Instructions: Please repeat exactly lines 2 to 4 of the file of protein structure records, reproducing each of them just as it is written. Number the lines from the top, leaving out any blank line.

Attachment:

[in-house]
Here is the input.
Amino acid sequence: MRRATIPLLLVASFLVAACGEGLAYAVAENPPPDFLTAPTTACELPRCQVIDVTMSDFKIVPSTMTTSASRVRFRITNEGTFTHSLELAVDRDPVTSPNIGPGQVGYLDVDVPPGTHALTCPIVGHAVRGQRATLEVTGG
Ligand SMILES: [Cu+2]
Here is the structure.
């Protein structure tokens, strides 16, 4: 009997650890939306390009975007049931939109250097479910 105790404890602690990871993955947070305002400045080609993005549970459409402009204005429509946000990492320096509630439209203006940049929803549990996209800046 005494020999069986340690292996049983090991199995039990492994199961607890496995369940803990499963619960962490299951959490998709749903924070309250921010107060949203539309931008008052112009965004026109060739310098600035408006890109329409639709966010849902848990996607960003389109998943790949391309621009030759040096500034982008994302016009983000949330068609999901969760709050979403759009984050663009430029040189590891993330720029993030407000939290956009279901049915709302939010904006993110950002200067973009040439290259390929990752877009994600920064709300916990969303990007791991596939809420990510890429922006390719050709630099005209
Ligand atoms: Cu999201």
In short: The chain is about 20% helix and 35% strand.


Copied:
Here is the input.
Amino acid sequence: MRRATIPLLLVASFLVAACGEGLAYAVAENPPPDFLTAPTTACELPRCQVIDVTMSDFKIVPSTMTTSASRVRFRITNEGTFTHSLELAVDRDPVTSPNIGPGQVGYLDVDVPPGTHALTCPIVGHAVRGQRATLEVTGG
Ligand SMILES: [Cu+2]